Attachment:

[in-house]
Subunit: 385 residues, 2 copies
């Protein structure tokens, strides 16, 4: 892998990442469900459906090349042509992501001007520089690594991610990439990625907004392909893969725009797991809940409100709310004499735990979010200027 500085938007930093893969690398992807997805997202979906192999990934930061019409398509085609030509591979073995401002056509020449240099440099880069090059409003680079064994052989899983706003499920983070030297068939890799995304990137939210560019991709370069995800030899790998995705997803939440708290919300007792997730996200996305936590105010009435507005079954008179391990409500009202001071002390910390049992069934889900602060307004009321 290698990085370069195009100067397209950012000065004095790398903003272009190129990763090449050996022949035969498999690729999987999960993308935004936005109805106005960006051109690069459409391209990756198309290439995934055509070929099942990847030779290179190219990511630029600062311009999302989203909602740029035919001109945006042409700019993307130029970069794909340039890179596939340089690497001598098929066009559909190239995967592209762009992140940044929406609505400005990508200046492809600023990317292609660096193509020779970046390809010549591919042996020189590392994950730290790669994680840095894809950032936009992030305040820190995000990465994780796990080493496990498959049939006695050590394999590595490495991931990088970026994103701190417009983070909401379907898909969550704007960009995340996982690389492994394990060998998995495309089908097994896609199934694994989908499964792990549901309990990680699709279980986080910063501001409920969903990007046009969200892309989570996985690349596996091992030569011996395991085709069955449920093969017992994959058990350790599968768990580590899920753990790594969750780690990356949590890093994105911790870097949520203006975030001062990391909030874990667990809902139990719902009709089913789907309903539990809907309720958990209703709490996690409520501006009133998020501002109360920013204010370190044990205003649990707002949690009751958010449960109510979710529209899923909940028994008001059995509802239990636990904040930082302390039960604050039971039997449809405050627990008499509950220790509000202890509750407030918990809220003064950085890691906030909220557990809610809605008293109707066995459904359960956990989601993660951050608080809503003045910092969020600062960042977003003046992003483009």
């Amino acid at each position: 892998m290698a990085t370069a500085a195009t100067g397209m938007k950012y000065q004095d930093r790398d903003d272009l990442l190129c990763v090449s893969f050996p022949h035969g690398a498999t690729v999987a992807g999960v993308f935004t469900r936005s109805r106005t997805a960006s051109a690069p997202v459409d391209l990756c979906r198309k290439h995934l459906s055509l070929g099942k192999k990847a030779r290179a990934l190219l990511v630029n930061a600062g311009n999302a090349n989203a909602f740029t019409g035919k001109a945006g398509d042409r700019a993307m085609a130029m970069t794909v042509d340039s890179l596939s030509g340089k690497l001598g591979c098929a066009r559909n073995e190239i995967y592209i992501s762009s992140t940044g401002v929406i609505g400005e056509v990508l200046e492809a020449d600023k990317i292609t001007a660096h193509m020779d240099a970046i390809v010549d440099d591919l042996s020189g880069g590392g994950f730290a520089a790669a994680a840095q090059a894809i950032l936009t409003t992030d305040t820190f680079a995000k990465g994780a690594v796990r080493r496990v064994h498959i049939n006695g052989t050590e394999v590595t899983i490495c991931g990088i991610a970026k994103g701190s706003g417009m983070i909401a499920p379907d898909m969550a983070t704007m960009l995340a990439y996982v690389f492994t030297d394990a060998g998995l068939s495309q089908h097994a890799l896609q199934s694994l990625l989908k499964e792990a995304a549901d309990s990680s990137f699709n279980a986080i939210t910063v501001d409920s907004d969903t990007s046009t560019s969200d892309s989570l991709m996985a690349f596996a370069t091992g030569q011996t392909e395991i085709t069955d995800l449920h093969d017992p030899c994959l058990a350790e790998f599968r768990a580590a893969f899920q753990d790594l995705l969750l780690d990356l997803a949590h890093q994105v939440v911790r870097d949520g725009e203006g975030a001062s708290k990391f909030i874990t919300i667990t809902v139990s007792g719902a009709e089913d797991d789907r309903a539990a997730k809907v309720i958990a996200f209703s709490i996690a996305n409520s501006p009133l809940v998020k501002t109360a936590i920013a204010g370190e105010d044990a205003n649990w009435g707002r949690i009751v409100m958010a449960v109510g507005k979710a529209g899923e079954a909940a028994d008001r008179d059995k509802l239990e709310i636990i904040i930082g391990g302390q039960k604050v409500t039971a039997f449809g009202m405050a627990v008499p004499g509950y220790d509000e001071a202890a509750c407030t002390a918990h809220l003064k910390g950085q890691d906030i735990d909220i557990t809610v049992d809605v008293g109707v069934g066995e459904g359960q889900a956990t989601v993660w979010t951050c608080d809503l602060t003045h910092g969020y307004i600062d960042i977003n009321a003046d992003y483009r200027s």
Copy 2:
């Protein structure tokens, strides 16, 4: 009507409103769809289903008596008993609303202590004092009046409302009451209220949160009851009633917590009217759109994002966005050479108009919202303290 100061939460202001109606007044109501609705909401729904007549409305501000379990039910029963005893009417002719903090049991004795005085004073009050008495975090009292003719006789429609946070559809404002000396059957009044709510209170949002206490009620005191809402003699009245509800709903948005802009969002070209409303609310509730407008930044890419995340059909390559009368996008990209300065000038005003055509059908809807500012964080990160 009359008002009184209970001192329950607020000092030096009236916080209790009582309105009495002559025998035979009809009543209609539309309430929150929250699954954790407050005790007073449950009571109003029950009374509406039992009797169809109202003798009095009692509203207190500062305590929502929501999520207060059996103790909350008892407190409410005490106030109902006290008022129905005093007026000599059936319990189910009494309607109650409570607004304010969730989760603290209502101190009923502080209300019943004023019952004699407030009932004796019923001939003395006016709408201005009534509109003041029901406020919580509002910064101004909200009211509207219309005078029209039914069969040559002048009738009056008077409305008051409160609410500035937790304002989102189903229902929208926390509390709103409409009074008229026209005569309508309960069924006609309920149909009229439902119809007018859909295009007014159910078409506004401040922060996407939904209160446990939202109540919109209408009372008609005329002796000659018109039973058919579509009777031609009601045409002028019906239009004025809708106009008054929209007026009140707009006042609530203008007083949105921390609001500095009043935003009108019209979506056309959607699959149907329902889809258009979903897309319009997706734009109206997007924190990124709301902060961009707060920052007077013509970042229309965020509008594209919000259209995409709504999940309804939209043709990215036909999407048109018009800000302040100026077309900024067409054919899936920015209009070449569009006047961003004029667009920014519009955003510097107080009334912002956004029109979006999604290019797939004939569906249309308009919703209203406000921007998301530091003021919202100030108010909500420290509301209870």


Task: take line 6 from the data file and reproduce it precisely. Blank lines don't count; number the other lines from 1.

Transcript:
């Protein structure tokens, strides 16, 4: 009507409103769809289903008596008993609303202590004092009046409302009451209220949160009851009633917590009217759109994002966005050479108009919202303290 100061939460202001109606007044109501609705909401729904007549409305501000379990039910029963005893009417002719903090049991004795005085004073009050008495975090009292003719006789429609946070559809404002000396059957009044709510209170949002206490009620005191809402003699009245509800709903948005802009969002070209409303609310509730407008930044890419995340059909390559009368996008990209300065000038005003055509059908809807500012964080990160 009359008002009184209970001192329950607020000092030096009236916080209790009582309105009495002559025998035979009809009543209609539309309430929150929250699954954790407050005790007073449950009571109003029950009374509406039992009797169809109202003798009095009692509203207190500062305590929502929501999520207060059996103790909350008892407190409410005490106030109902006290008022129905005093007026000599059936319990189910009494309607109650409570607004304010969730989760603290209502101190009923502080209300019943004023019952004699407030009932004796019923001939003395006016709408201005009534509109003041029901406020919580509002910064101004909200009211509207219309005078029209039914069969040559002048009738009056008077409305008051409160609410500035937790304002989102189903229902929208926390509390709103409409009074008229026209005569309508309960069924006609309920149909009229439902119809007018859909295009007014159910078409506004401040922060996407939904209160446990939202109540919109209408009372008609005329002796000659018109039973058919579509009777031609009601045409002028019906239009004025809708106009008054929209007026009140707009006042609530203008007083949105921390609001500095009043935003009108019209979506056309959607699959149907329902889809258009979903897309319009997706734009109206997007924190990124709301902060961009707060920052007077013509970042229309965020509008594209919000259209995409709504999940309804939209043709990215036909999407048109018009800000302040100026077309900024067409054919899936920015209009070449569009006047961003004029667009920014519009955003510097107080009334912002956004029109979006999604290019797939004939569906249309308009919703209203406000921007998301530091003021919202100030108010909500420290509301209870």